Imagining a Vision for Genetic Medicine

Over 4 decades of Compassionate Care and State-of-the-Art Technology

Think about the impact of genetics on today’s healthcare. You can hardly go a day without seeing news of a novel gene for a common disease or a clinical trial for a genetic disorder. Now think back to 1974 (or imagine it, if you’re under 35 J). Back then, genetics was little more than a minor medical sub-specialty, diagnosing diseases few had heard of, and with little hope for treatments or cures.


The Greenwood Genetic Center (GGC) opened its doors in 1974,under the leadership of two visionary co-founders, Roger Stevenson, MD and Hal Taylor, PhD, and with two guiding principles – offer the best most compassionate care and provide state-of-the-art technology. GGC began with support from the South Carolina Department of Disabilities and Special Needs, who in 1974 had the vision that in order to prevent or treat disabilities, they must be understood. They realized, even back then, that genetics was going to provide that understanding.

Now, 43 years later, GGC still operates under those founding principles of compassion and innovation, and we still ardently work to diagnose patients with both ultra-rare and common complex disorders, but what has changed are the dramatic advances in the field of genetics led by our scientists and colleagues around the world.

Hundreds of patients each year are served by our metabolic genetics treatment program, offering proven therapies to treat or prevent serious disabilities and health issues.


Every single year, seventy babies in South Carolina are born free of birth defects of the brain and spine thanks to GGC’s Birth Defect Prevention Program.

GGC’s commitment to providing hope for families impacted by genetic disorders has led to the creation of the Center for Translational Research, which is leading the way in developing clinical trials.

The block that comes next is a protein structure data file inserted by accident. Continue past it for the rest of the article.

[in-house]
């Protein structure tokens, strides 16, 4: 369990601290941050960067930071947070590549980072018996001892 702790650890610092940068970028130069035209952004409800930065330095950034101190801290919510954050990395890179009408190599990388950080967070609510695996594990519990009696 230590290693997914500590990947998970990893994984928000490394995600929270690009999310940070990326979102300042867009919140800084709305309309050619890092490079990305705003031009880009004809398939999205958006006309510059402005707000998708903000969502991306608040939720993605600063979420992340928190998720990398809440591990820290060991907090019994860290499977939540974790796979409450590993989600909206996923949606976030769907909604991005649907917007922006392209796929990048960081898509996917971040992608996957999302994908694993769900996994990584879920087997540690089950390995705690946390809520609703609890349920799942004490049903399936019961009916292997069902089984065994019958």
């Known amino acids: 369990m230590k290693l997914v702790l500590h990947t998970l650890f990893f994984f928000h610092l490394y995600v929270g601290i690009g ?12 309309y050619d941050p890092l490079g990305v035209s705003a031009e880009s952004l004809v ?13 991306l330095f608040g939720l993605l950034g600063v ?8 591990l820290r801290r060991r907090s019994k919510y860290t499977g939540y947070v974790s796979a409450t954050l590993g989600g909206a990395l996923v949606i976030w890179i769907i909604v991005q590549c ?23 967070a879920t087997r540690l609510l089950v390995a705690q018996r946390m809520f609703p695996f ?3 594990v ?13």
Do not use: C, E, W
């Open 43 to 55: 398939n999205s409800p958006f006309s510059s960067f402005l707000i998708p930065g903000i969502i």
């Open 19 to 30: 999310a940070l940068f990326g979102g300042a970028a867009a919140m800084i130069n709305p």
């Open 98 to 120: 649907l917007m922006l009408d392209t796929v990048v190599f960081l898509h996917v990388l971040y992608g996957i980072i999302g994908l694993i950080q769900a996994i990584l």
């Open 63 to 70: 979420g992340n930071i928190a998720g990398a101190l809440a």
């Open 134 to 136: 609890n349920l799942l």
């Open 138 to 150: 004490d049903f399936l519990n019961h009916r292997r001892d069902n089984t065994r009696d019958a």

Researchers at GGC are working to fundamentally transform the diagnosis of autism with the development of a blood-based test and work toward treatment trials.

GGC’s Division of Education provides outreach genetic education to students from middle school through post-graduate training, encouraging students to pursue careers in the sought-after and highly rewarding field of medical genetics.

In 1974, few people would have imagined the fundamental changes in medicine that would occur thanks to the field of genetics. Dr. Stevenson and Dr. Taylor imagined it. The South Carolina Department of Disabilities and Special Needs imagined it. And because of them, two generations have now benefitted from compassionate clinical care, enhanced diagnostic testing, cutting-edge research, and innovative educational programs.

The Gene Scene will share the stories of families, scientists, and innovations that have made these past 43 years so exciting, so rewarding, and so impactful, and are making the future so promising. Welcome to The Gene Scene.

Luigi’s take on TEDx

Personalized Medicine: A New Approach

Dr. Boccuto is a clinical geneticist who trained for several years under Professor Neri in Rome with a focus on in hereditary cancer, overgrowth syndromes and intellectual disability (ID) syndromes. Dr. Boccuto is currently an assistant research scientist at the JC Self Research Institute of the Greenwood Genetic Center. His main projects are focused on the study of the genetic causes of autism, ID, and conditions with segmental or generalized overgrowth. He is also characterizing the metabolic profiles of cells from patients with overgrowth, autism, ID, and other neurodevelopmental disorders.


Greenwood Mag1 (2)

Dr. Boccuto presented “Personalized Medicine: A New Approach” at TEDx in Greenville, South Carolina to share an inside look at how personalized medicine is offering a new sense of hope to those affected by rare medical conditions.